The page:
Montauk's downtown beach in March / Jane Bimson

NY - Coastal Resiliency Plan Well Received

The East Hampton Town Board held a public hearing last Thursday on the adoption of the Coastal Assessment Resiliency Plan, which highlights a spate of ominous predictions as to how climate change will impact the town.

A draft of the plan, issued at the end of April and known as CARP, notes that the currently projected range of sea level rise “will transform East Hampton into a series of islands with permanent submergence of low-lying areas as early as 2070,” with other long-term effects of climate change increasing the town’s vulnerability to coastal flooding and shoreline erosion. The chance of a flood with a magnitude similar to that of the Hurricane of ‘38, at least once, is about 60 percent during the next 30 years, the study concludes. Sea levels have risen about one foot over the last 100 years, but “future rates of sea level rise are projected to be much greater,” between 8 and 30 inches over the next 30 years, according to the draft plan.

The plan “evaluates key coastal risks our community currently faces and points to a drastic increase in severity of these risks,” according to an abstract, including rising sea levels and an increased intensity of coastal storms that “undoubtedly will have an impact on nearshore homes and communities.” The need “is urgent” to immediately commence resilience projects and policies, it states.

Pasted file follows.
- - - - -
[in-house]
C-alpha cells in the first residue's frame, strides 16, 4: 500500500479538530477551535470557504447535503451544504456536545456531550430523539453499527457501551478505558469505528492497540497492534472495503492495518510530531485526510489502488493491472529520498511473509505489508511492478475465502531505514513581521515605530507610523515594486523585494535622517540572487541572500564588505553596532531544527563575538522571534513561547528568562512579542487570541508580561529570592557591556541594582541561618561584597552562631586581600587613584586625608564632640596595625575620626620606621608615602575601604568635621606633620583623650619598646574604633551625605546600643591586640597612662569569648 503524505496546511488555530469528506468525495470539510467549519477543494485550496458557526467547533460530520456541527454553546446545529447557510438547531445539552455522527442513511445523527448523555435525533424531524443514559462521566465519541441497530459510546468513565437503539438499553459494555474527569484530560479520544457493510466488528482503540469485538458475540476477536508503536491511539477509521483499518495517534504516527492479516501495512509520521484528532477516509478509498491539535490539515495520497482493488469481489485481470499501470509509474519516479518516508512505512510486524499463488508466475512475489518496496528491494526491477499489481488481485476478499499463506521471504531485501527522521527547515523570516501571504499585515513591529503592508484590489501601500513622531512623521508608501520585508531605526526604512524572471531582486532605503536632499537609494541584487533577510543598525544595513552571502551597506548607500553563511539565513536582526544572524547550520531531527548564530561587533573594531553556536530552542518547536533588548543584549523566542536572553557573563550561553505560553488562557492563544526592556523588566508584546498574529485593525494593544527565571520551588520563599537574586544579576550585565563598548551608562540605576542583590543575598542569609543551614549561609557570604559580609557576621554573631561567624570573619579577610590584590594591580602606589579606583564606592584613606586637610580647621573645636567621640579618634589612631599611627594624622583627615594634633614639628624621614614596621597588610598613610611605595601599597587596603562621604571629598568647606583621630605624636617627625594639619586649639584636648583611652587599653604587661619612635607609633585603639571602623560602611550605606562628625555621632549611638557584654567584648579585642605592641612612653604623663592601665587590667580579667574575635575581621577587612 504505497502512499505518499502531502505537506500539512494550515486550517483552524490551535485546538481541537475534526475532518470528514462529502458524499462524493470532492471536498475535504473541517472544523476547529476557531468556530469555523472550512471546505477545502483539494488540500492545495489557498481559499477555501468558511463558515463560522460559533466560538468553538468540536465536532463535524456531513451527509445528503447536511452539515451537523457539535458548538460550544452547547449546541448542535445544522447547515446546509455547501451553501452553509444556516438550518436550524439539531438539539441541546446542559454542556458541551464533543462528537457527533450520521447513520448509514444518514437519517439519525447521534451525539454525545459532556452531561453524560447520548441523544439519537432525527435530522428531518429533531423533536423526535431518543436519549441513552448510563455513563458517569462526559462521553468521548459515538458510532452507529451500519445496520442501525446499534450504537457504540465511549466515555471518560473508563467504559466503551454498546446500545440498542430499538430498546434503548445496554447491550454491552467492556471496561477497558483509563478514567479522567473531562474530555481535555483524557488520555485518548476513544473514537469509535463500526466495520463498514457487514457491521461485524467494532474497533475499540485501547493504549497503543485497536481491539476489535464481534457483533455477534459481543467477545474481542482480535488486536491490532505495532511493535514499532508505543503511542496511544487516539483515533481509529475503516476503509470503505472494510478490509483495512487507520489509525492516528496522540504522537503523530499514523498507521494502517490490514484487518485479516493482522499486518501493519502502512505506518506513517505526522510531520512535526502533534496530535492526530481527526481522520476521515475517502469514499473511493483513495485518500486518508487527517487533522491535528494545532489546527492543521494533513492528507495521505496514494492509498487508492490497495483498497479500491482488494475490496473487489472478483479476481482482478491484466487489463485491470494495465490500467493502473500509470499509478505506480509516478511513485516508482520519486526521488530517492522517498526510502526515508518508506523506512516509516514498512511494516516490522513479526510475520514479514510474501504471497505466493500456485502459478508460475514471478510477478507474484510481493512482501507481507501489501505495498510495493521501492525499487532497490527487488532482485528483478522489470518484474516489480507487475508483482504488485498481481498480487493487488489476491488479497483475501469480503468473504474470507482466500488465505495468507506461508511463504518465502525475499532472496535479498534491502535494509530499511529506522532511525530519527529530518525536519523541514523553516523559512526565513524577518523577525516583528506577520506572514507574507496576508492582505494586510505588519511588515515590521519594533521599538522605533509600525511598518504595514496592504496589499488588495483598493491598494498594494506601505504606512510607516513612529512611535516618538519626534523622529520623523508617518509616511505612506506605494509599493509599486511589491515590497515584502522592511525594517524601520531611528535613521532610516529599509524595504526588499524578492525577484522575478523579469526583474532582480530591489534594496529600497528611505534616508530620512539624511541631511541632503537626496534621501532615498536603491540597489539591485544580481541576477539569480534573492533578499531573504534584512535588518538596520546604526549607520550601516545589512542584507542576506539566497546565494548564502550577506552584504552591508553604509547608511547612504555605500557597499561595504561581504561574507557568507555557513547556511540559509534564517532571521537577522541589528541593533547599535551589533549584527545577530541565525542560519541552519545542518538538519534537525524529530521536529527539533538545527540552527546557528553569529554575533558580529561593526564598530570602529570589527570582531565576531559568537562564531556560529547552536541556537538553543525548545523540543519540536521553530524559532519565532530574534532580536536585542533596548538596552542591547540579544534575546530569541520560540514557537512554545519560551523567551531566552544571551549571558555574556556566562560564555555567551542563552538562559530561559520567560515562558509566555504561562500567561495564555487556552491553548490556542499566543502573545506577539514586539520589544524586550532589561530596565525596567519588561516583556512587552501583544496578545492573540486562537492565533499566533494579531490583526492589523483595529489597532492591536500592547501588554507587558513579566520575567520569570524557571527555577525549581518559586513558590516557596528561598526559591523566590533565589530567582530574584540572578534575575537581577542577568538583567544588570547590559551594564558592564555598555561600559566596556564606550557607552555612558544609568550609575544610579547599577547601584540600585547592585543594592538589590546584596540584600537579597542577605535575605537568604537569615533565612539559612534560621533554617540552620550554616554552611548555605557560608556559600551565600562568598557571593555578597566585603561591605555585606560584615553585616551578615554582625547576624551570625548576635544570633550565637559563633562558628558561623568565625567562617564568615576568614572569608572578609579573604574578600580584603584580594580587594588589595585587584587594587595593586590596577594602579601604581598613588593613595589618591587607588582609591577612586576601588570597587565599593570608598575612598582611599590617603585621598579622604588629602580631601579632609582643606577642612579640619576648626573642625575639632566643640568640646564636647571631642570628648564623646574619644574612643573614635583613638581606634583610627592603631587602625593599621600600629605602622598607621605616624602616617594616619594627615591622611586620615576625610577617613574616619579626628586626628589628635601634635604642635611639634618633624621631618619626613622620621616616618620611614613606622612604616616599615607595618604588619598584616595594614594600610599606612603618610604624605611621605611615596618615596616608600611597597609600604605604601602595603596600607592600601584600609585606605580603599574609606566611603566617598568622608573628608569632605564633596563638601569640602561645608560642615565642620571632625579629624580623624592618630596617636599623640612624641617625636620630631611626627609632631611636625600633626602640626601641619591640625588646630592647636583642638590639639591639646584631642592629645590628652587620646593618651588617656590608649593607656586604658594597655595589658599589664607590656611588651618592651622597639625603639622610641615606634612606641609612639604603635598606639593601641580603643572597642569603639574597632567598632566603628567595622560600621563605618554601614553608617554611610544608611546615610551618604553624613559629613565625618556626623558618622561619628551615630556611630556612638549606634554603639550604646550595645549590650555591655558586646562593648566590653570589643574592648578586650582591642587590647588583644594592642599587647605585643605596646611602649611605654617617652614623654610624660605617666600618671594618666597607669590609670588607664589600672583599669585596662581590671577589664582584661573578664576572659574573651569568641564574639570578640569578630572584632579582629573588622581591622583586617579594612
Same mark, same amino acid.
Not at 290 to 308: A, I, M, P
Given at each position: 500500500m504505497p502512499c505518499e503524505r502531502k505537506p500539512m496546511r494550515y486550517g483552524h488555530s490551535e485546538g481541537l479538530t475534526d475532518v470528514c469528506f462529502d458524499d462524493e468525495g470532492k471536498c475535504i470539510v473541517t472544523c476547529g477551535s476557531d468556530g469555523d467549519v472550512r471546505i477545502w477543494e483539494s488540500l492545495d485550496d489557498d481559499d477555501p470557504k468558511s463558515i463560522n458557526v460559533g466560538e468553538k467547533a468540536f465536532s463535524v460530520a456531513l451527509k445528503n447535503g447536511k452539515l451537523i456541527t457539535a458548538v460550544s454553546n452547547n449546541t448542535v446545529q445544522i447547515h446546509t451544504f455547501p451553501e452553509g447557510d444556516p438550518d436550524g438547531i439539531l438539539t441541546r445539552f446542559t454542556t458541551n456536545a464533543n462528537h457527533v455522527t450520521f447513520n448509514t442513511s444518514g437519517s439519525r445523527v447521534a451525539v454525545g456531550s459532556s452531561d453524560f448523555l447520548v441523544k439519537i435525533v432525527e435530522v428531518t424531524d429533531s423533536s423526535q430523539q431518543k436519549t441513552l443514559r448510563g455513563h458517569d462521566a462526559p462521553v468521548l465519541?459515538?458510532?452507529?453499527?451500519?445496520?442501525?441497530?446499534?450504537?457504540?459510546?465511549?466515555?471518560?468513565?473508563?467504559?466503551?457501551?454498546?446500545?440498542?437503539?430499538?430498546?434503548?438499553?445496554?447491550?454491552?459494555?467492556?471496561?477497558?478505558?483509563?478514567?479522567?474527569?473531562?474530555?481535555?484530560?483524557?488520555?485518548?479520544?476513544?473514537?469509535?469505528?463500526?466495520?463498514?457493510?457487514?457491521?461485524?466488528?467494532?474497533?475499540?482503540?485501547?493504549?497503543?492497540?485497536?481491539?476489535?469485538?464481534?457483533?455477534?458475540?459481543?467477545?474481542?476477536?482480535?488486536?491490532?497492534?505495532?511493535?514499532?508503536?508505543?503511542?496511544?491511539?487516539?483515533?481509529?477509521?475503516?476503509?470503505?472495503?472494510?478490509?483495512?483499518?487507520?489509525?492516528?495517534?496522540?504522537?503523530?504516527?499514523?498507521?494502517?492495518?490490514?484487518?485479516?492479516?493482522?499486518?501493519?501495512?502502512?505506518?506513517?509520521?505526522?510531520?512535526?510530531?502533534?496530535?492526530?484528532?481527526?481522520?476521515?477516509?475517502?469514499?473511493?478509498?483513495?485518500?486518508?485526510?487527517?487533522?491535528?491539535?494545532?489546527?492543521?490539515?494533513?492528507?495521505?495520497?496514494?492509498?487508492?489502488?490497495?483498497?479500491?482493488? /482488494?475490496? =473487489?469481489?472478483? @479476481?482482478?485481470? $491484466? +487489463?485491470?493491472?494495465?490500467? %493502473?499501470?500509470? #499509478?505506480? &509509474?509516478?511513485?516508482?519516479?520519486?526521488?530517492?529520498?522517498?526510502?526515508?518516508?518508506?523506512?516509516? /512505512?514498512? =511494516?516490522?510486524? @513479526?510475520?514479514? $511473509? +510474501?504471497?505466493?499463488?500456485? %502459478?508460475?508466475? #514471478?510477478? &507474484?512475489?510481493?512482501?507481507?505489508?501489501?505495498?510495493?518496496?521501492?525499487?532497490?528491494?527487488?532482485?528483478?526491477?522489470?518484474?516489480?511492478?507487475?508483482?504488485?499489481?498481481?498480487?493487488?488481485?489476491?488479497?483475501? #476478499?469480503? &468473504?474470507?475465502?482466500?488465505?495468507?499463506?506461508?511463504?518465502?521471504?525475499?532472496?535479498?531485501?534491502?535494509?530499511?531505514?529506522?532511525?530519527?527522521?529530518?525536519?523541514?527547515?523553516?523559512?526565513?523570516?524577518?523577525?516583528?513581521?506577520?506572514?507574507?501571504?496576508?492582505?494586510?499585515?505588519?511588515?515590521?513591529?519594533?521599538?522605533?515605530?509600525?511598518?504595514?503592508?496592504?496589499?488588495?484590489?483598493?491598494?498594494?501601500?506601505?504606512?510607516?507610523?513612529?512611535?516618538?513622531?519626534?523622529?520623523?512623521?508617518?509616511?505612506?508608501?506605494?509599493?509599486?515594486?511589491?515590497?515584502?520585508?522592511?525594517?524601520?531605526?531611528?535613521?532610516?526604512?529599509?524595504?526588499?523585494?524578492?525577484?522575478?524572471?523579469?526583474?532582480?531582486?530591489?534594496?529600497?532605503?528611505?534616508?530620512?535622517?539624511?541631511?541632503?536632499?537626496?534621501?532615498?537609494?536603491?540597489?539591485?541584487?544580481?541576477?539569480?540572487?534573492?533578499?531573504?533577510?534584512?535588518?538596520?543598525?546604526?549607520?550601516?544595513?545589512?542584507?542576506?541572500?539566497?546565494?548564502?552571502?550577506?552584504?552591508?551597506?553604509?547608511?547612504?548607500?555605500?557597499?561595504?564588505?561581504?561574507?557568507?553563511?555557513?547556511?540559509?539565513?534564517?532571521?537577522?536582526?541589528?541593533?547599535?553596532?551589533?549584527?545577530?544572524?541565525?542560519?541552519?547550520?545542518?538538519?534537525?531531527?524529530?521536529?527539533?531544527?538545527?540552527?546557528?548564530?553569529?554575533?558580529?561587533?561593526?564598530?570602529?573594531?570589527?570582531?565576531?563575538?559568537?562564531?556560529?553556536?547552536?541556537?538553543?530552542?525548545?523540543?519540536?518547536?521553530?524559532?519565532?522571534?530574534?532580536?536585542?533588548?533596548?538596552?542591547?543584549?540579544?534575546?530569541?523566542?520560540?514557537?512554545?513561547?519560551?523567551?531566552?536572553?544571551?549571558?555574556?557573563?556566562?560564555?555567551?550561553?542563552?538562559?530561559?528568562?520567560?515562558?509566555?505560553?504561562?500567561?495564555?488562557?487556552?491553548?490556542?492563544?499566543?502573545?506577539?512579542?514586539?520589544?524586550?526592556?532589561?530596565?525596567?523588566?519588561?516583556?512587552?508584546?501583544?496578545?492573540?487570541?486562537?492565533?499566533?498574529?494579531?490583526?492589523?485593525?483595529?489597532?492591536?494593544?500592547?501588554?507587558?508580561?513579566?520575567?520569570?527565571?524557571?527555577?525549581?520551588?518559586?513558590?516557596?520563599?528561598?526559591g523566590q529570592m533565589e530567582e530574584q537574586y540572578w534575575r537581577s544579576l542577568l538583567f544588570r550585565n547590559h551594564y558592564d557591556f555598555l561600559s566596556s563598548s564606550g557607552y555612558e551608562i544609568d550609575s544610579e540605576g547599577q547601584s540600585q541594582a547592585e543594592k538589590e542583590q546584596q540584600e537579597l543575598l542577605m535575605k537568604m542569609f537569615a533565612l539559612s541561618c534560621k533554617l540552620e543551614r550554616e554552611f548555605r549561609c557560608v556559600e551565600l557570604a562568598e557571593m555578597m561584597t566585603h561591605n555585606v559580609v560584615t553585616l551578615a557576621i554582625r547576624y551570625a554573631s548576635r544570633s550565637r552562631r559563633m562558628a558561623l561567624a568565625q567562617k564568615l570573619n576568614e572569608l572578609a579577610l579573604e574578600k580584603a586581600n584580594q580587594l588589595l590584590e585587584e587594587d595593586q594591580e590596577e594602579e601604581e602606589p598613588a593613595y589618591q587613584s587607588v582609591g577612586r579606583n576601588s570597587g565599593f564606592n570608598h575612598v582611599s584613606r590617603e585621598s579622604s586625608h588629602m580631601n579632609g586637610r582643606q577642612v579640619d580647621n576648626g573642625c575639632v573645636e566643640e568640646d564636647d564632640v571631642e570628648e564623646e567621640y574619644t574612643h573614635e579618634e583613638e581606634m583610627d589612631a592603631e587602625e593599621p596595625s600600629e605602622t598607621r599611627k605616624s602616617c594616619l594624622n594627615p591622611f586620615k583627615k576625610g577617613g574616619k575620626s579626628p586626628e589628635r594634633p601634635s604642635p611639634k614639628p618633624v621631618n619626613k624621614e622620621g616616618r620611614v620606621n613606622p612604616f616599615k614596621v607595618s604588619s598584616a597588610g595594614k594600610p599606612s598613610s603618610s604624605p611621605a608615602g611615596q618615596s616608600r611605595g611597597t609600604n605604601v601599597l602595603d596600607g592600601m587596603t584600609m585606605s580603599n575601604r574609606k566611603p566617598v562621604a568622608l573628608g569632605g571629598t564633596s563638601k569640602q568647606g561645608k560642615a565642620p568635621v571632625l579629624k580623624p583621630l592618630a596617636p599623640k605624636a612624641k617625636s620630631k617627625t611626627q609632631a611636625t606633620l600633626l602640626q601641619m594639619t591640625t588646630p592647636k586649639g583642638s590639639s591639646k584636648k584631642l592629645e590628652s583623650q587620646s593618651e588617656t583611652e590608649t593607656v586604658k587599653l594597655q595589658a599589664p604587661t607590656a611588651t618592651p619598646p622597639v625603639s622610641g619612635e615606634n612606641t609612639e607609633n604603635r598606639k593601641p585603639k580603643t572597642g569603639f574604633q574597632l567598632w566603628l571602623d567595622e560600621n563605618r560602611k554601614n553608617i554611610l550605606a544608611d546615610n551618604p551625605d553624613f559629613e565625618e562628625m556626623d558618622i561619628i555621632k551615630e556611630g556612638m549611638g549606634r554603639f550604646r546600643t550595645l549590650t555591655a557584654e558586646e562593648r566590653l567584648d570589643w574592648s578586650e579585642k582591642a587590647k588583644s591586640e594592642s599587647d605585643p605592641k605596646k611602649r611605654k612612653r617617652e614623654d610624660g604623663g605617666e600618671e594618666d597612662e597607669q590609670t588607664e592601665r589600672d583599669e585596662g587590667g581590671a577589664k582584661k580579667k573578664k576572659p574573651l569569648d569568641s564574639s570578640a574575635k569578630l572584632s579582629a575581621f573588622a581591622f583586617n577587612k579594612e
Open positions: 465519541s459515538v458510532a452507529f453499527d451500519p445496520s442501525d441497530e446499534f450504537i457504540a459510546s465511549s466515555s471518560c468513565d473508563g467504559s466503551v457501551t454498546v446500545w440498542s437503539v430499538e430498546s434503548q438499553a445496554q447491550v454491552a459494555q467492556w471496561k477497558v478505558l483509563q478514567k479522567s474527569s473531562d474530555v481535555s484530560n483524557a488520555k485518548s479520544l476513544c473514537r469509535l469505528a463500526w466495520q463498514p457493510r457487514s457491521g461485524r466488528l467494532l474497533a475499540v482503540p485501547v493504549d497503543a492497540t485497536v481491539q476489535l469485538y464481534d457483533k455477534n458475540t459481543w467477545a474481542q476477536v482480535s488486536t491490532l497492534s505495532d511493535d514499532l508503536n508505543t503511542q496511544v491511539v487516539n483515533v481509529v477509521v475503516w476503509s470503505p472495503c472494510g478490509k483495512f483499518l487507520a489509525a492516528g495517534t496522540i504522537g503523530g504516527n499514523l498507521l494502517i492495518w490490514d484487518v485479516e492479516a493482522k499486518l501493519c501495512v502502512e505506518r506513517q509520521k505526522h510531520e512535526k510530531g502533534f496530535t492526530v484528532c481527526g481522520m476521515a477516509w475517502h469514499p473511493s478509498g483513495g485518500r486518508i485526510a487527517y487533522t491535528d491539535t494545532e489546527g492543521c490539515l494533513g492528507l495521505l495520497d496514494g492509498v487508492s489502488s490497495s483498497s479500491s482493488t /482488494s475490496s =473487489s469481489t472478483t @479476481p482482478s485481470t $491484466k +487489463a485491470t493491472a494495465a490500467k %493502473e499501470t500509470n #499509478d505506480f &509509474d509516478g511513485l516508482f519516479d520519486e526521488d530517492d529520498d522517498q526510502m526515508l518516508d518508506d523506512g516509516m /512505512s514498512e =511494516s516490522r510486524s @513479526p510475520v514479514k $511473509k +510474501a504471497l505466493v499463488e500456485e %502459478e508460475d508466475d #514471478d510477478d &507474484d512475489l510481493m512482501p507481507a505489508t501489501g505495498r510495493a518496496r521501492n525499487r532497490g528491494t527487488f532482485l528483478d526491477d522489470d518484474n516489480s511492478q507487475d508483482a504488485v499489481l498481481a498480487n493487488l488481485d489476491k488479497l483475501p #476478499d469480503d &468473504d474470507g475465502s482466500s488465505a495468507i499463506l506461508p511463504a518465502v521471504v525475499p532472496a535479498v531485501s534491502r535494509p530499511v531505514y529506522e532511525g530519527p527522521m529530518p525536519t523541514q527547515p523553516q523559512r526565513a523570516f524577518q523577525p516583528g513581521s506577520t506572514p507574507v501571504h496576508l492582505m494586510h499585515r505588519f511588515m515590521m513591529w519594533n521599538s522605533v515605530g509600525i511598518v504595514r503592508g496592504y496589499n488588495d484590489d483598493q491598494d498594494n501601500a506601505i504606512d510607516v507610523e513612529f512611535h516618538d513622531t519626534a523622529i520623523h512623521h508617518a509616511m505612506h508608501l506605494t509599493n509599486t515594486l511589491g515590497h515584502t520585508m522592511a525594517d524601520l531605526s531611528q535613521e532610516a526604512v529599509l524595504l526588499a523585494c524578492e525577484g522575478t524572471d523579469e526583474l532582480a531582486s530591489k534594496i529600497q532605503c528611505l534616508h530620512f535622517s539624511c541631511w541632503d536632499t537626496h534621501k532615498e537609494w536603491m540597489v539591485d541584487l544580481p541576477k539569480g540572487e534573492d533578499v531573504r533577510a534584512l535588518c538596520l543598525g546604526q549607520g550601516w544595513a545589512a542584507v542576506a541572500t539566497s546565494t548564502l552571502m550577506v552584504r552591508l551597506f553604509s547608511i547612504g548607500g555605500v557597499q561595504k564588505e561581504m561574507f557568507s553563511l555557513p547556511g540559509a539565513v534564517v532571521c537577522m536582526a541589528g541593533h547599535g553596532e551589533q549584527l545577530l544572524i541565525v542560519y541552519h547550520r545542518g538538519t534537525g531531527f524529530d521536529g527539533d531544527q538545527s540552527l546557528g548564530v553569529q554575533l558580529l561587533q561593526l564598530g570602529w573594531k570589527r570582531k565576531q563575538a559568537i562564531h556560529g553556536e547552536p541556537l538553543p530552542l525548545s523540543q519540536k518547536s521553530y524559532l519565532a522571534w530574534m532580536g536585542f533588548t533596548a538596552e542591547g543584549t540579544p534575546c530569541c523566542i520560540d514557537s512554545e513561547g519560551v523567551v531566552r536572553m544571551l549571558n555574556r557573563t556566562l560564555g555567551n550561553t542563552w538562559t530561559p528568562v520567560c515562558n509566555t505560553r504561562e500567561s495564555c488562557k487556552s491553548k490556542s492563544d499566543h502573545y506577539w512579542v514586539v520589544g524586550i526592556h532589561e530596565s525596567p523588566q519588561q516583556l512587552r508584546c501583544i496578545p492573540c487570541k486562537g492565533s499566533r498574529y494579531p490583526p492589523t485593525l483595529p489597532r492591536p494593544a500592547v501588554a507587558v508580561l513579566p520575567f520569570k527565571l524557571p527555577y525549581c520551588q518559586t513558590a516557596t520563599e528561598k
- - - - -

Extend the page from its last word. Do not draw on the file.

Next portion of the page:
The plan prioritizes 11 focus areas to address impacts of climate change and recommends ways to reduce vulnerability through planning initiatives, changes in regulations, emergency response to storms and other extreme weather, public works projects, public education, consensus building, and new funding sources.

CARP recommends an approach integrating “accommodate, managed retreat, and protect” strategies. This should include “relocation and property acquisition of select, very high-risk property” to be converted to open space and conservation land. That aspect proved controversial during discussions of the Montauk hamlet study that has since been incorporated into the town’s comprehensive plan. A managed retreat in downtown Montauk, in which vulnerable properties would be abandoned in favor of inland property through a transfer-of-development-rights mechanism, was eyed warily, if not skeptically, by some business owners.

But speakers during last Thursday’s public hearing were enthusiastic about the plan. Laura Tooman, president of Concerned Citizens of Montauk, was one of five to endorse its adoption, calling it “a first step” and one of many needed “to make our environment more sustainable, our community more sustainable, Montauk more sustainable . . . and also to make our business community more sustainable.”

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